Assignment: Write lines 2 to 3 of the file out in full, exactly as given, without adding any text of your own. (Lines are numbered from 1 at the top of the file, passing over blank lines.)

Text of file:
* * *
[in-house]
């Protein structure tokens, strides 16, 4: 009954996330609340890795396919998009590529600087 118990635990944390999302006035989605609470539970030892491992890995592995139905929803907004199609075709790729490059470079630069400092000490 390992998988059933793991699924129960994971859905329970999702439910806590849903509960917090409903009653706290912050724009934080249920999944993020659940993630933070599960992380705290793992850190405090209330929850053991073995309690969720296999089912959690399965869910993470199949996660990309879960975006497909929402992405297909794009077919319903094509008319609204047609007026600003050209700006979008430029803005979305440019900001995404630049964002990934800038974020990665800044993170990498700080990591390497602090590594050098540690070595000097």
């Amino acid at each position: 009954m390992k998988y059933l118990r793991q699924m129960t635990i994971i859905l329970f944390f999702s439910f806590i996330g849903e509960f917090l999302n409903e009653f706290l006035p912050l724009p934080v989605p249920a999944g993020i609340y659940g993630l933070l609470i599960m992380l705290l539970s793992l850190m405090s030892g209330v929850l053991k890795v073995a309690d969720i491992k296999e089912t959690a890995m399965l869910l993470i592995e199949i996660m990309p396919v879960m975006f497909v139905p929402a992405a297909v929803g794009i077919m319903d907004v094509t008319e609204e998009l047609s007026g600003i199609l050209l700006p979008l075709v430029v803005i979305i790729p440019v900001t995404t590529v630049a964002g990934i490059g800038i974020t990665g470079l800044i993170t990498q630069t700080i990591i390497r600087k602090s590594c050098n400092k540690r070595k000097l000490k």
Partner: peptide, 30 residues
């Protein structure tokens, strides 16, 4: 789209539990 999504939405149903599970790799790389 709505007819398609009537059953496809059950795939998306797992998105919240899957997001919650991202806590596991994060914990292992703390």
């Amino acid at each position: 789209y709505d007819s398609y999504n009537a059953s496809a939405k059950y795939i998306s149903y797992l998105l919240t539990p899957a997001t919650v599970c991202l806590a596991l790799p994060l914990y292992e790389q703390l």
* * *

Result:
């Protein structure tokens, strides 16, 4: 009954996330609340890795396919998009590529600087 118990635990944390999302006035989605609470539970030892491992890995592995139905929803907004199609075709790729490059470079630069400092000490 390992998988059933793991699924129960994971859905329970999702439910806590849903509960917090409903009653706290912050724009934080249920999944993020659940993630933070599960992380705290793992850190405090209330929850053991073995309690969720296999089912959690399965869910993470199949996660990309879960975006497909929402992405297909794009077919319903094509008319609204047609007026600003050209700006979008430029803005979305440019900001995404630049964002990934800038974020990665800044993170990498700080990591390497602090590594050098540690070595000097």
């Amino acid at each position: 009954m390992k998988y059933l118990r793991q699924m129960t635990i994971i859905l329970f944390f999702s439910f806590i996330g849903e509960f917090l999302n409903e009653f706290l006035p912050l724009p934080v989605p249920a999944g993020i609340y659940g993630l933070l609470i599960m992380l705290l539970s793992l850190m405090s030892g209330v929850l053991k890795v073995a309690d969720i491992k296999e089912t959690a890995m399965l869910l993470i592995e199949i996660m990309p396919v879960m975006f497909v139905p929402a992405a297909v929803g794009i077919m319903d907004v094509t008319e609204e998009l047609s007026g600003i199609l050209l700006p979008l075709v430029v803005i979305i790729p440019v900001t995404t590529v630049a964002g990934i490059g800038i974020t990665g470079l800044i993170t990498q630069t700080i990591i390497r600087k602090s590594c050098n400092k540690r070595k000097l000490k």